Welcome to European Tribune. It's gone a bit quiet around here these days, but it's still going.
WH PRESS SEC, JEAN-PIERRE?: [@00:19:42] Aurelia, are you able to say yourself?
AURELIA END [AFP]: Can you hear me now? OK, thank you so much for taking my question. My question is about EU energy situation. We're hearing a bunch of European leaders sounding the alarm about the up-coming winter. The EU is going to hold emergency energy talks next week. So I was wondering, how concerned is the White House about this, and is there more the United States can do? And maybe on a broader scale do you feel this could undermine the popular and politic support for Ukraine in Europe?
JOHN KIRBY: Well, each European nation really has to speak for themselves with respect to what everver energy shortages in the fall and winter might have on their support for it. All I can tell you, is what we see from a diplomatic perspective, what we see on the economic fund, frankly, what we see on the security assistance front, um is an impressive, absolutely unchanged sense of resolve and unit of support for Ukraine. But every nation's going to have to speak for that, for themselves.

Well, yes, we're concerned about the manner in which Mr Putin has weaponized energy. Yes, we're concerned about energy, potential energy shortages in Europe as the winter approaches. That's why the president stood up for a task force to try to improve and expand sources of uh energy for the European continent. And while we continue to work with distributors and energy companies around the world to try to alleviate whatever shortages might be in place, might be coming going forward. And this is something we're staying focused on as the fall turns to winter, and we'll be latched up with allies and partners throughout to try to do what we can to alleviate any shortages. But, again, in terms of unity and resolve, we've just seen nothing but determination to continue to support Ukraine. I think everybody understands what the stakes are here. ###

by Cat on Wed Aug 31st, 2022 at 05:49:15 PM EST
RF presses note with interest.

WaPoo | White House alarm rises over Europe as Putin threatens energy supply, 11 Sep trolling

aides to President Biden have in recent days reviewed their efforts to export liquefied natural gas to Europe, aiming to see if there's any way for American producers to help.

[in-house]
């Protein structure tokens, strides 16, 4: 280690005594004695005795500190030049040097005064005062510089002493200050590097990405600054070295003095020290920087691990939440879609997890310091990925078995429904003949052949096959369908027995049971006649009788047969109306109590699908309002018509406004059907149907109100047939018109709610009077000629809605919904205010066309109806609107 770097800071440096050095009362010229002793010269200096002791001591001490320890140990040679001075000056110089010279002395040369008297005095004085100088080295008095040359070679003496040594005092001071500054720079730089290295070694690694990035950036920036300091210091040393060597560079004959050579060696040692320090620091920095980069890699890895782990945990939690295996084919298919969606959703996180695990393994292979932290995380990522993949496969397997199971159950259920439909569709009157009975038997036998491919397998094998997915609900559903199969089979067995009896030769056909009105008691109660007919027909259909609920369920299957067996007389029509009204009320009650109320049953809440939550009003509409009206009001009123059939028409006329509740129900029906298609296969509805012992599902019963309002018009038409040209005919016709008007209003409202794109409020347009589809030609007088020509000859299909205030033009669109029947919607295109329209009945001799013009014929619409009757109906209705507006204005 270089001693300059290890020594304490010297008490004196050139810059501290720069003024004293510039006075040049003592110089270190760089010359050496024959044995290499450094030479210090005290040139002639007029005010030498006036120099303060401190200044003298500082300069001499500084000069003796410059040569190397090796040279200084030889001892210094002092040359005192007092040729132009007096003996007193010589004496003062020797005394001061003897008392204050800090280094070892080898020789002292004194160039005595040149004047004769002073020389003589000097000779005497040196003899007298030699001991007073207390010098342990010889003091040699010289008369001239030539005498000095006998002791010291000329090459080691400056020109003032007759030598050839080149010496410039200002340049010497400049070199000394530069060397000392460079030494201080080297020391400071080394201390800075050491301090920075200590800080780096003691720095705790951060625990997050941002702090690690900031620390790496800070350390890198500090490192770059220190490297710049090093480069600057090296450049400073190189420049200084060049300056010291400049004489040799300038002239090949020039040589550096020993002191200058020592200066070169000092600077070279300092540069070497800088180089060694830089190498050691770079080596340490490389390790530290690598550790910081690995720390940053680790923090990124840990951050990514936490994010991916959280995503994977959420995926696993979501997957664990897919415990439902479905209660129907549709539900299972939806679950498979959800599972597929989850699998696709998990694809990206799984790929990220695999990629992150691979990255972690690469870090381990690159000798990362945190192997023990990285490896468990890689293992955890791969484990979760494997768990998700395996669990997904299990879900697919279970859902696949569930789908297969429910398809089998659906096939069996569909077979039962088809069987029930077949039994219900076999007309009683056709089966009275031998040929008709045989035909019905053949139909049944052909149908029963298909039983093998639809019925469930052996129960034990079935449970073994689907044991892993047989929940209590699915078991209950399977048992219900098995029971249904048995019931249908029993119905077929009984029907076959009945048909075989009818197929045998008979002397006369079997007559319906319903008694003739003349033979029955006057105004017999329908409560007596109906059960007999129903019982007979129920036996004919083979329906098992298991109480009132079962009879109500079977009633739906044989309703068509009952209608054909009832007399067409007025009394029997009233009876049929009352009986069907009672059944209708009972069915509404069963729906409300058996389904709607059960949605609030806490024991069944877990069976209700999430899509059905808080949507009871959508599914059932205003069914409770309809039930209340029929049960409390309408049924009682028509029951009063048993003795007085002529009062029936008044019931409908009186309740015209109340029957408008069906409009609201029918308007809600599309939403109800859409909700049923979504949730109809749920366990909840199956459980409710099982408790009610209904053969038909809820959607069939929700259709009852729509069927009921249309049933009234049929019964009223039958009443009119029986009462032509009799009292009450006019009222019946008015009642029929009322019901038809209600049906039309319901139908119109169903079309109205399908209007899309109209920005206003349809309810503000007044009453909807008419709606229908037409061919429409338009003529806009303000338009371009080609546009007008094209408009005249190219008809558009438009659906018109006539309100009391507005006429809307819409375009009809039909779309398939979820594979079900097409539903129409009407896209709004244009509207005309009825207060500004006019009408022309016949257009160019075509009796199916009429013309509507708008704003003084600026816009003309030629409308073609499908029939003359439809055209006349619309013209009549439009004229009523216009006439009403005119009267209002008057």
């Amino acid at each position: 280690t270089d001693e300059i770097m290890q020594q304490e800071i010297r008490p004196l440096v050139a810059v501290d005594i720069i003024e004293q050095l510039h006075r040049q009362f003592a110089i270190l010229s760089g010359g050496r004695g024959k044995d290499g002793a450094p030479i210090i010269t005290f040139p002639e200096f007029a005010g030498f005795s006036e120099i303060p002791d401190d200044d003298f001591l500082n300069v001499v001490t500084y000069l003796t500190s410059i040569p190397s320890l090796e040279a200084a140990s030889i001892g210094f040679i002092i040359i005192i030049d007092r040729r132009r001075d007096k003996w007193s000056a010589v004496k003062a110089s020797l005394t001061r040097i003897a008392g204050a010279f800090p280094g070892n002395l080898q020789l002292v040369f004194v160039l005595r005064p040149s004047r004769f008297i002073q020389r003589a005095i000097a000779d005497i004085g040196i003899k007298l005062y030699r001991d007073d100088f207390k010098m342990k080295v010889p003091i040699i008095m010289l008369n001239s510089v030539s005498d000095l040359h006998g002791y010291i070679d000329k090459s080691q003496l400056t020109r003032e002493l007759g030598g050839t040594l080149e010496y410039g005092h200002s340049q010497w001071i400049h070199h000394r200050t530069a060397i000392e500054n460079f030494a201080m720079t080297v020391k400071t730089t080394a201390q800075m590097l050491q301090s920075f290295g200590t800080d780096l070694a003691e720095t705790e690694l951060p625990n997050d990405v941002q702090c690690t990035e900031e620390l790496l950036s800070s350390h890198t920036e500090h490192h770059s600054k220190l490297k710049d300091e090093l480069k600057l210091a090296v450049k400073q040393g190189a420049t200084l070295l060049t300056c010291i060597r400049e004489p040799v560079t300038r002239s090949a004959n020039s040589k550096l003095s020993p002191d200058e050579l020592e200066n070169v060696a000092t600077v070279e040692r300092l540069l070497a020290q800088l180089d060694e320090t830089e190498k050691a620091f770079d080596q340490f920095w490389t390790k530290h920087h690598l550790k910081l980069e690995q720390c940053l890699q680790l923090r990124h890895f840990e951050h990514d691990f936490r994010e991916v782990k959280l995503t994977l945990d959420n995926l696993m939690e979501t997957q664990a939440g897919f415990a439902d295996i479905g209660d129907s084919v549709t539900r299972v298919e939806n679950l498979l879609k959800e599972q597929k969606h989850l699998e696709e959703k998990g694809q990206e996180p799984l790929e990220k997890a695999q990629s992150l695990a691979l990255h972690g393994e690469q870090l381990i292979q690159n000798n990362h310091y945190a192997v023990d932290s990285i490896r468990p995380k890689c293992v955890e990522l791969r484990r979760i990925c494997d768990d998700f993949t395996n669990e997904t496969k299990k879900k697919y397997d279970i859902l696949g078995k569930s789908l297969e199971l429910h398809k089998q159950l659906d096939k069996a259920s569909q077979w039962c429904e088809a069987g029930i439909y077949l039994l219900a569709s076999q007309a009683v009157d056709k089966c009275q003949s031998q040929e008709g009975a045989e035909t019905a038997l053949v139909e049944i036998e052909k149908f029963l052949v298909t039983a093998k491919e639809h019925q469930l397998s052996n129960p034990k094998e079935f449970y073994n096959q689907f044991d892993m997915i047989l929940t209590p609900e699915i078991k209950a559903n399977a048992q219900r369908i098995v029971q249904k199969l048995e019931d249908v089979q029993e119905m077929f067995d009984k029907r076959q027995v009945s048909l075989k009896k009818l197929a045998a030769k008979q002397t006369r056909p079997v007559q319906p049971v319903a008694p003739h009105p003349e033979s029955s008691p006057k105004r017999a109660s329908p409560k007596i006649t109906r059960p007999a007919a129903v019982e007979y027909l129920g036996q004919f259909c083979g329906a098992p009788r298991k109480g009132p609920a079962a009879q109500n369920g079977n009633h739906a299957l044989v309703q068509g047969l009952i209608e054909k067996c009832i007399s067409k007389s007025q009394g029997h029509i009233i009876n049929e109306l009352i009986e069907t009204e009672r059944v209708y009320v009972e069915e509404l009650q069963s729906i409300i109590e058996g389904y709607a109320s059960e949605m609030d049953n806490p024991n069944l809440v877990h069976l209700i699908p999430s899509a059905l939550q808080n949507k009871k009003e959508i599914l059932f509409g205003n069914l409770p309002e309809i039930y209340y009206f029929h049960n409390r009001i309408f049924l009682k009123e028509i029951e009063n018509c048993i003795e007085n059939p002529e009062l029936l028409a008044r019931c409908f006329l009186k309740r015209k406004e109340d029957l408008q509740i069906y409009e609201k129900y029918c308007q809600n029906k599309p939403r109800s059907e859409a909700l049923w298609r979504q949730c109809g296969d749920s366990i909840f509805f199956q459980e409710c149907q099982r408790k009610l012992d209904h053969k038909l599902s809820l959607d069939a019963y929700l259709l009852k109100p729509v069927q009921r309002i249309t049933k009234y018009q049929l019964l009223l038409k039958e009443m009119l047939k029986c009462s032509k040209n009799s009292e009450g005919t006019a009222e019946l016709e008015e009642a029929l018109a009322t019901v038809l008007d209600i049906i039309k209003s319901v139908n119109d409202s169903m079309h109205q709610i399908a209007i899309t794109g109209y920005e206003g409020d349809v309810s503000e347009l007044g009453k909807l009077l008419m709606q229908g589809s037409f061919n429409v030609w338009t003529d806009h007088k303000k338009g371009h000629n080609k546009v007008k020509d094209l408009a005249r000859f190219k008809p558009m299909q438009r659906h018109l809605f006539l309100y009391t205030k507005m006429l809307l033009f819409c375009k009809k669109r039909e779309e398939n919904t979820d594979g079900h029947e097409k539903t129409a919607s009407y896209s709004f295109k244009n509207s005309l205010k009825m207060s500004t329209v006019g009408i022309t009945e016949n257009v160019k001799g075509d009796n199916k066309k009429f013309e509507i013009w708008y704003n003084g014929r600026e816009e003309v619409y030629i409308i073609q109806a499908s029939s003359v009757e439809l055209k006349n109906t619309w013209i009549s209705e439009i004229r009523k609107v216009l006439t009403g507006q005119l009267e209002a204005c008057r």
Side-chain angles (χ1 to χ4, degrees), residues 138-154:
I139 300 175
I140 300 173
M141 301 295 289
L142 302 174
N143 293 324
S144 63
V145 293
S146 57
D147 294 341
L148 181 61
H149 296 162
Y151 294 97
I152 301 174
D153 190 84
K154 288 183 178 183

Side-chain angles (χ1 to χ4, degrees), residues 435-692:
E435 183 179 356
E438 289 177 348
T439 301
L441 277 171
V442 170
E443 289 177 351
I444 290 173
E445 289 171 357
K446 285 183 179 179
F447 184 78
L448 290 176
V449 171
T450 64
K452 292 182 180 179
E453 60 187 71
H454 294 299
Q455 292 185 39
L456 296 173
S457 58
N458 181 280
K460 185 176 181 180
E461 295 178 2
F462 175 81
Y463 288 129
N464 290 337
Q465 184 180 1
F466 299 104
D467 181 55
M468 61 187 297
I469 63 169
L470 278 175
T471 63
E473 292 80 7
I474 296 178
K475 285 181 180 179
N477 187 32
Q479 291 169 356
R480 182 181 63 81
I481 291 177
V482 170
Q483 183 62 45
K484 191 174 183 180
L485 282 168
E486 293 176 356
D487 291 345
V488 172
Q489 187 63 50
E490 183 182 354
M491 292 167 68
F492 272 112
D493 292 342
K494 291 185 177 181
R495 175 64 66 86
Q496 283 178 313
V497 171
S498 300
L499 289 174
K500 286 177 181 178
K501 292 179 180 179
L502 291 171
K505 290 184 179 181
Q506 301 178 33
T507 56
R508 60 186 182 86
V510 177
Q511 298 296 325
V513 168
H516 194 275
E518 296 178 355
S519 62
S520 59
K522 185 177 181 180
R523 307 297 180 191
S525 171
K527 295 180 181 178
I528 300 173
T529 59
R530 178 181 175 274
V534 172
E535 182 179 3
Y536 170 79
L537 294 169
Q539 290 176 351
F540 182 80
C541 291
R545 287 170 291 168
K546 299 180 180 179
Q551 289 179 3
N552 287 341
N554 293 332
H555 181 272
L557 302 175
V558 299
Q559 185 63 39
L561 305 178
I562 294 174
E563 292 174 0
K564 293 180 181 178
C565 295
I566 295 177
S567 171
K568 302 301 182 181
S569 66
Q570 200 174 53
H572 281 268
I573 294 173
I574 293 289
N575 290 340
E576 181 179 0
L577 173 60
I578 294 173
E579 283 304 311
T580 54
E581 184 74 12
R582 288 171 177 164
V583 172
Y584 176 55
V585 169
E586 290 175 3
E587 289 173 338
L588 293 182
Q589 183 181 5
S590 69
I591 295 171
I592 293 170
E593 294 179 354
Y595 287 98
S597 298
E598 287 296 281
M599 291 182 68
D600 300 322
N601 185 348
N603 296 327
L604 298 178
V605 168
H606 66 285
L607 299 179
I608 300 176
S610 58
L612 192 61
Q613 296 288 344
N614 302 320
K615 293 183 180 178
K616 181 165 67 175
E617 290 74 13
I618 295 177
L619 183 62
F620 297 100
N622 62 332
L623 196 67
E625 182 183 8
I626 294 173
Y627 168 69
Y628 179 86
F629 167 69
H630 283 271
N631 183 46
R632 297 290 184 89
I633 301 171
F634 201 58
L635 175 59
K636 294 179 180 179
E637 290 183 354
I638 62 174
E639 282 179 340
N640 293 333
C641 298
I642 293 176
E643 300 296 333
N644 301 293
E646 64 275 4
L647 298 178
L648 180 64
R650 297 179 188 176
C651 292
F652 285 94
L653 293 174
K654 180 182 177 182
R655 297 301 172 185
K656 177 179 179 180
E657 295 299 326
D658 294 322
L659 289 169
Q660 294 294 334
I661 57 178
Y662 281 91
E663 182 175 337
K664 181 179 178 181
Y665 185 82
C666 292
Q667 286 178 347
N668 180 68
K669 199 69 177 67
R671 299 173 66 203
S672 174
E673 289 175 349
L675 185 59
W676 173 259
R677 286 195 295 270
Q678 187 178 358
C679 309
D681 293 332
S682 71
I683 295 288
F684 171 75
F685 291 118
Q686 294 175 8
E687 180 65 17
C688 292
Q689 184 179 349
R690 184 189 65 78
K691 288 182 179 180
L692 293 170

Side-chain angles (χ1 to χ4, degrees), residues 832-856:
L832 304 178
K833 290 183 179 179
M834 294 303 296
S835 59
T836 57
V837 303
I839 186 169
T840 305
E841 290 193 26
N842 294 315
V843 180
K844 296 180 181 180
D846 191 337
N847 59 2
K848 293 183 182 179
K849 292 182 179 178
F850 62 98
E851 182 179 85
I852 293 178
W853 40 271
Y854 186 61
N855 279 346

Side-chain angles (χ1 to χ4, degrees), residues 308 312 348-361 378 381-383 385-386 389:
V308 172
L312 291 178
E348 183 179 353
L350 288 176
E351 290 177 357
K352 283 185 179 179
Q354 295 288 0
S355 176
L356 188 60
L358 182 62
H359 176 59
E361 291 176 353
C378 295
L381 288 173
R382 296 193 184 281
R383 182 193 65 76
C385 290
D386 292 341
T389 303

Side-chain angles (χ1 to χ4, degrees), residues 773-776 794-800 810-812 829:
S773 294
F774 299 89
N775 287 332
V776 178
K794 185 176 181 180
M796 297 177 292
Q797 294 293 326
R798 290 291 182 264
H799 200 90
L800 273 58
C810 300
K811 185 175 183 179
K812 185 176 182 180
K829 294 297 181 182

AURELIA END [AFP]: Can you hear me now? OK, thank you so much for taking my question....
The escalating pressure from Russia could put new strains on a U.S.-Europe alliance that has proven surprisingly resilient since the start of the war, while also threatening to cloud the Biden administration's recent economic VICTORIES ahead of the mid[-]term elections this fall.
archive Joe Tzu energy independence quarter
The outlook in Europe has deteriorated with SRUPRISING speed in recent weeks. The European Central Bank raised interest rates by .75 points this past week, with officials saying they expected a "substantial slowdown" there this fall. Some European governments are resisting attempts to set a price cap on [RUSSIAN] natural gas for fear of provoking PUTIN, and it's not clear that [G7] international [racketeering] could withstand a truly dire energy crisis.
so sad, too bad
One senior administration official, who spoke on the condition of anonymity to reflect internal assessments, said the Treasury Department and Council of Economic Advisers estimate that the impact on the U.S. from a European recession would probably be "modest and manageable." Trade with Europe accounts for less than 1 percent of U.S. gross domestic product, and many economists agree a decline in European consumer demand probably would not substantially affect U.S. firms. America also produces enough of its own natural gas not to be significantly affected by Russia restricting its flow into Europe.
archived U.S. LNG exports into Europe increased by 2240%
If Russia keeps selling oil to world markets and only reduces gas exports to Europe, the effect on the U.S. economy probably would be minimal. In fact, that could help U.S. firms that produce natural gas. It could also sap global demand, further alleviating domestic price pressures.